Classic Food Combinations & Their Origins
Some foods are just meant to go together.
• Bacon and Eggs: At one time, Americans just ate toast for breakfast. Then along came Sigmund Freud’s nephew, Edward Bernays in the 1920s and 1930s. In order to promote sales of bacon, he conducted a survey of physicians and reported their recommendation that people eat hearty breakfasts. He sent the results of the survey to 5,000 physicians, along with publicity touting bacon and eggs as a hearty breakfast.
• Butter and Popcorn: Popcorn was originally discovered by the Native Americans. Popcorn became increasingly popular during the Great Depression because it was relatively cheap, and its use eventually became popular in movie theaters. (Ironically, cheap is the last word you associate with movie popcorn).
• Salt and Pepper: The combination of salt and pepper dates back to seventeenth century French cuisine, as it was thought that pepper was the only spice which did not overpower the natural taste of the food. All foods can be better with a little bit of salt and pepper. On their own both pepper and salt can be used in savory and sweet cooking – and in combination they can convert something bland into something wonderful.
• Burger and Fries: Although French fries may date back to the 1600s-1700s, their popularity sky-rocketed when they began to be sold worldwide through fast food chains, especially McDonald’s. Most fast food chains quickly paired the fries with burgers, creating one delicious meal. Did you know that it was American Soldiers who coined the term “French Fries,” when they tasted them for the first time in Belgium during World War I? In most other English speaking parts of the world they are referred to simply as “chips” and French Fries is considered an Americanism.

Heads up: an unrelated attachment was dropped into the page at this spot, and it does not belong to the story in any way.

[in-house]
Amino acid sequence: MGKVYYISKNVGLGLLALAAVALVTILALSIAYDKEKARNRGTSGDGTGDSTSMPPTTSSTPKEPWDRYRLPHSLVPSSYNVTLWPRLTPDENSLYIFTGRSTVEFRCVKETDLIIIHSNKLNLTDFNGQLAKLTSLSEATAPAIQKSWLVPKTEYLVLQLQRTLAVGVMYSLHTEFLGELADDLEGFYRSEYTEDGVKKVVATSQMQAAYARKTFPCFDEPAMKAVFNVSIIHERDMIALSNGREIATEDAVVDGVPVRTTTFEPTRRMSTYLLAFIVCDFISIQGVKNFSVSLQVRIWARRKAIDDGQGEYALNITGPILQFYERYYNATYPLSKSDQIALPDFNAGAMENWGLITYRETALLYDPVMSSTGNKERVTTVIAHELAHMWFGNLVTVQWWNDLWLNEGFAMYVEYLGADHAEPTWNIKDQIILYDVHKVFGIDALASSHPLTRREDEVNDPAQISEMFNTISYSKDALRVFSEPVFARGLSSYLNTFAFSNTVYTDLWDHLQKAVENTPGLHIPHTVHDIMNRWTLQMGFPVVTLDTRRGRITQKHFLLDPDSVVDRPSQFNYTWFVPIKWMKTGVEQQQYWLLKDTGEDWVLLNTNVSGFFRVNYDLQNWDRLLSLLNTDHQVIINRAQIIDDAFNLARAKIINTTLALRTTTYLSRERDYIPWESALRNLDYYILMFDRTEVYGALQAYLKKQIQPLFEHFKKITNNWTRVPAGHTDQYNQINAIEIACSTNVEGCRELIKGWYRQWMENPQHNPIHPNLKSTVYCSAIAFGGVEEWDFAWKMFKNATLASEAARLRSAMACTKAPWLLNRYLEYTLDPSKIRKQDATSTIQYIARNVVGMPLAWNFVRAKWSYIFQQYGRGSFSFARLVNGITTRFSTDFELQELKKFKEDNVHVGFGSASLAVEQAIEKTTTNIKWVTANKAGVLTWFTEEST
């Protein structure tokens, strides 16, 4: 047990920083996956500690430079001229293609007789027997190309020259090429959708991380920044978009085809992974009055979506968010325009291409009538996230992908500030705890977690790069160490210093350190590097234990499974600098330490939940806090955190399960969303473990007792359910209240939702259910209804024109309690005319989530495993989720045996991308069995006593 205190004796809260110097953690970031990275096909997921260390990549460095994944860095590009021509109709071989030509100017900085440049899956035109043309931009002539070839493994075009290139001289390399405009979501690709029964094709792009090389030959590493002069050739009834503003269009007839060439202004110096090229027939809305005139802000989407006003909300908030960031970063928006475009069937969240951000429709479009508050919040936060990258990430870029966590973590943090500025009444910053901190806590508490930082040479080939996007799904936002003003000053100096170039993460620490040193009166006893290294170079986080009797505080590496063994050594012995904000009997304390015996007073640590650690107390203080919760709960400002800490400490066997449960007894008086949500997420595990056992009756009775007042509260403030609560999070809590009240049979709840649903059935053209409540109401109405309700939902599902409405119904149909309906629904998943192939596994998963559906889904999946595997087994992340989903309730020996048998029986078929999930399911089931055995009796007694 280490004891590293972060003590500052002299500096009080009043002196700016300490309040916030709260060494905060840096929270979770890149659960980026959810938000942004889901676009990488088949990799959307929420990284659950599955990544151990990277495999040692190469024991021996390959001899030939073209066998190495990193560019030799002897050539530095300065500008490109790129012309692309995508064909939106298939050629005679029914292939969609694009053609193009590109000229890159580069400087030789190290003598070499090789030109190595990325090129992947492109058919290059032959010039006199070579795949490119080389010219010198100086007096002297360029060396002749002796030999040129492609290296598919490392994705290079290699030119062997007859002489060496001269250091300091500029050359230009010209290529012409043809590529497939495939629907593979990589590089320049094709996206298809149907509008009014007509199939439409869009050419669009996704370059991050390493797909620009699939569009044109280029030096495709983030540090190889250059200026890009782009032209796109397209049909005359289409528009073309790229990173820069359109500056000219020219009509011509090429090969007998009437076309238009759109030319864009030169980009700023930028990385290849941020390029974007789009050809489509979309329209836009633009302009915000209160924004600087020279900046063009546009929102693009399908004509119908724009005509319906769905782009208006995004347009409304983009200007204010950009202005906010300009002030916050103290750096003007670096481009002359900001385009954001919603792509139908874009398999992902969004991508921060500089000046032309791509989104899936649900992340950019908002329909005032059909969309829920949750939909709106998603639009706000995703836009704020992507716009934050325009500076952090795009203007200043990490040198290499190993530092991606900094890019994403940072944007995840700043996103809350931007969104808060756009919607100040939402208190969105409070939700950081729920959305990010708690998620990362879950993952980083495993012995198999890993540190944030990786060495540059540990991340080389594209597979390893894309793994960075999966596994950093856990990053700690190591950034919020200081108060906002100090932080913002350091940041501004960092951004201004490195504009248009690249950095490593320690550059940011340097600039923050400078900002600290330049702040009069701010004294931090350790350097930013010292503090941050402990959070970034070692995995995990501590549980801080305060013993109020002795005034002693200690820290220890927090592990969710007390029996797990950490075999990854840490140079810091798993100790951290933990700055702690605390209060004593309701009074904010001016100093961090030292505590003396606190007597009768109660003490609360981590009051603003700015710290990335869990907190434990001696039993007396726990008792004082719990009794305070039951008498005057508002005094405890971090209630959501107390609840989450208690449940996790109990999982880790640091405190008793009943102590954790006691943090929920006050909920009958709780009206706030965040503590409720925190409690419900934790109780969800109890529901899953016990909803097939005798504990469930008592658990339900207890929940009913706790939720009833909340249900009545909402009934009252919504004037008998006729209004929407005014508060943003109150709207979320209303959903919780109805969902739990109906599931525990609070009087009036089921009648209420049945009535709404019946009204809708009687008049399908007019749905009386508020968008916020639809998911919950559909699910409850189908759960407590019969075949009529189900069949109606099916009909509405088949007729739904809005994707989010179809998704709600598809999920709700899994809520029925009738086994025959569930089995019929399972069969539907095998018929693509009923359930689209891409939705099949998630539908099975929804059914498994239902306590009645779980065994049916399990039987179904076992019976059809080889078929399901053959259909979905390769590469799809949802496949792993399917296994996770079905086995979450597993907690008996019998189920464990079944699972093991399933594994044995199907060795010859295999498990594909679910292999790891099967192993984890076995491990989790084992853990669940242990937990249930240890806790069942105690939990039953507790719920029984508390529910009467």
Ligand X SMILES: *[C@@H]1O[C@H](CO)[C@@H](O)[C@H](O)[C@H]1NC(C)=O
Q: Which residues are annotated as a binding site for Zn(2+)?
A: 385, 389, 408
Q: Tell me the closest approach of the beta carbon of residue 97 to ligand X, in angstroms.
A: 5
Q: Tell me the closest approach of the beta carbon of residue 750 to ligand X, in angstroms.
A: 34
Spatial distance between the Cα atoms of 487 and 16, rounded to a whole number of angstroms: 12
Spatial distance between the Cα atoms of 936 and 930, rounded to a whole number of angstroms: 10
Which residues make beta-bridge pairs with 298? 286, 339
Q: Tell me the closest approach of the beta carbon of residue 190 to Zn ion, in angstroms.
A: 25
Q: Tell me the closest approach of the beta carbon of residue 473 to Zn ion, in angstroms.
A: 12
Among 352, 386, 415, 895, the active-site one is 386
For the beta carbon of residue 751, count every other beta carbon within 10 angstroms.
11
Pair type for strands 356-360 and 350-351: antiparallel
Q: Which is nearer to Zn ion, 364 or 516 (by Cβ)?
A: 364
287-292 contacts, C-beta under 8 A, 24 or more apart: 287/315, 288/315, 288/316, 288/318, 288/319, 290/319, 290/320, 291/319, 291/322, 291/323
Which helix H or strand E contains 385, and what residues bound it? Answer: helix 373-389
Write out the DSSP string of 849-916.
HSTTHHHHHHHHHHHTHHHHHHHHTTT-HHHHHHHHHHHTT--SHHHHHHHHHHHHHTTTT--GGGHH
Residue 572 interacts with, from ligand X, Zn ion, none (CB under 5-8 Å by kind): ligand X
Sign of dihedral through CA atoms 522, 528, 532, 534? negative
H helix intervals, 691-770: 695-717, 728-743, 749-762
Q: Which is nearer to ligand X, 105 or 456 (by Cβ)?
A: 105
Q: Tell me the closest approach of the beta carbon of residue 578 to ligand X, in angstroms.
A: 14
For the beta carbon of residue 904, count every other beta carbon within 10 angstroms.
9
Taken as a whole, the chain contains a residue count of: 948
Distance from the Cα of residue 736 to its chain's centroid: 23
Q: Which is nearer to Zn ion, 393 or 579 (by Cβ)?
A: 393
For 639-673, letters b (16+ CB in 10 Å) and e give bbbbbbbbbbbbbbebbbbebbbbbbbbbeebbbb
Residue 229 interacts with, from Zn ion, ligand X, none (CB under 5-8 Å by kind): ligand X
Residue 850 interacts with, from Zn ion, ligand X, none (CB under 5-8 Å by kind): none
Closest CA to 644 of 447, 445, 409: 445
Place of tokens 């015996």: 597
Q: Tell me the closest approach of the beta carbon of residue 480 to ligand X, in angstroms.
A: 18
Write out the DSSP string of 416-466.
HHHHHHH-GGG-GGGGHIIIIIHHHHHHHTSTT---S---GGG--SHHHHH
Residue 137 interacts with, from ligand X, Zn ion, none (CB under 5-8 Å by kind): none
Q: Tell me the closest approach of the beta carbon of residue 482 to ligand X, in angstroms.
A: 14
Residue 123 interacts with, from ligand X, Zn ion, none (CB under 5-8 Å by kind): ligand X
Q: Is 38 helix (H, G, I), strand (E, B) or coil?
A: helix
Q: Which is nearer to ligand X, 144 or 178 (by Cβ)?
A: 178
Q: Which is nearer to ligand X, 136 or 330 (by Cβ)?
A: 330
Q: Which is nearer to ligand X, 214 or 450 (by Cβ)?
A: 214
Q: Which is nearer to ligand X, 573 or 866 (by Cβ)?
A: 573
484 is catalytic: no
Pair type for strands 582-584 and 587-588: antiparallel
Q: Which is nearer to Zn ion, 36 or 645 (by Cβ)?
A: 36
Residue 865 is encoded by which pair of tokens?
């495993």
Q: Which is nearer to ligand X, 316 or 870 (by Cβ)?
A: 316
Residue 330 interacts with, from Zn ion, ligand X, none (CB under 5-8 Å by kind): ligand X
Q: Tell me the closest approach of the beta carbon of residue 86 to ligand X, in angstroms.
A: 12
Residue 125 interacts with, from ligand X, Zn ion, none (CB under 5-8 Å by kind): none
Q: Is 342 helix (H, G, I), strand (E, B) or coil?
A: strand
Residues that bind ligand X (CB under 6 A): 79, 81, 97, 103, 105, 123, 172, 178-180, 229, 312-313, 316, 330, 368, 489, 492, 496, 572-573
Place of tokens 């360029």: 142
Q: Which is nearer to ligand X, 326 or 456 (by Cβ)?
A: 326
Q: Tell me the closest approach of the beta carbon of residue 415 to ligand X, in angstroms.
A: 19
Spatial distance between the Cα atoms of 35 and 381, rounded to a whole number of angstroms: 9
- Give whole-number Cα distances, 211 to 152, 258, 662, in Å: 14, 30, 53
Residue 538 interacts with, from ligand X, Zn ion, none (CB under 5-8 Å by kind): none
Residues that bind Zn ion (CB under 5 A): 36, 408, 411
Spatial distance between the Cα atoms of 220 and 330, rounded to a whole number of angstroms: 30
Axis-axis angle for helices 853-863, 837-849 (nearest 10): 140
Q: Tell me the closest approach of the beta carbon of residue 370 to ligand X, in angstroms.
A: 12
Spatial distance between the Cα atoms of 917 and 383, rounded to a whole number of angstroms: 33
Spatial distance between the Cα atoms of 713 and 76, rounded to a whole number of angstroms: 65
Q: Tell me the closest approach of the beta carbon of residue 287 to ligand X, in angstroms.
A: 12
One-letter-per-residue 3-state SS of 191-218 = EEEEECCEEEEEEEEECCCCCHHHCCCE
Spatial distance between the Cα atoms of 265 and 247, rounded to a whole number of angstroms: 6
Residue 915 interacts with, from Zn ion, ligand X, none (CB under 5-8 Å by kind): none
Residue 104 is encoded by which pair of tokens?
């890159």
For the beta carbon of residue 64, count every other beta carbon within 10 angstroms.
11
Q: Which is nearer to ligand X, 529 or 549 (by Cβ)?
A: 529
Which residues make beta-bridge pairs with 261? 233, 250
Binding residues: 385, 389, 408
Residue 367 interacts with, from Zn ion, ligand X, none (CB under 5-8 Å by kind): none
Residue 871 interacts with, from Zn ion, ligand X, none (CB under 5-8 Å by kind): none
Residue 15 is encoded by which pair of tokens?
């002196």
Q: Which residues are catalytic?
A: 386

• Spaghetti and Meatballs: Some claim the combination began in the early 20th century, where Italian immigrants were making them in New York City. However, others claim that the pairing dates back to Old World Italy. Regardless of the origin, the two compliment each other and make for a great, filling meal – and an especially good one for the poor college student.
• Cheese and Crackers: The classic combination of cheese and crackers became increasingly popular with the development of the Ritz cracker in 1934, by Nabisco. Unlike most of the other entries on this list, this is a food combination loved by both rich and poor – whether you put cheap old cheese on store-bought crackers or the finest truffle laced mature brie on handmade crackers.
• Tortilla Chips and Salsa: Although the combination of chips and salsa is typically considered to be Mexican food, the combo really boomed when tortilla chips began being mass produced in Los Angeles. Now the combination serves as one of the most popular appetizers and snacks.
• Oreos and Milk: The Oreo was created in February 1912 by Nabisco in New York City. Oreos immediate popularity resulted in it being the best selling cookie of the 20th century. It has since been dubbed “Milk’s Favorite Cookie.”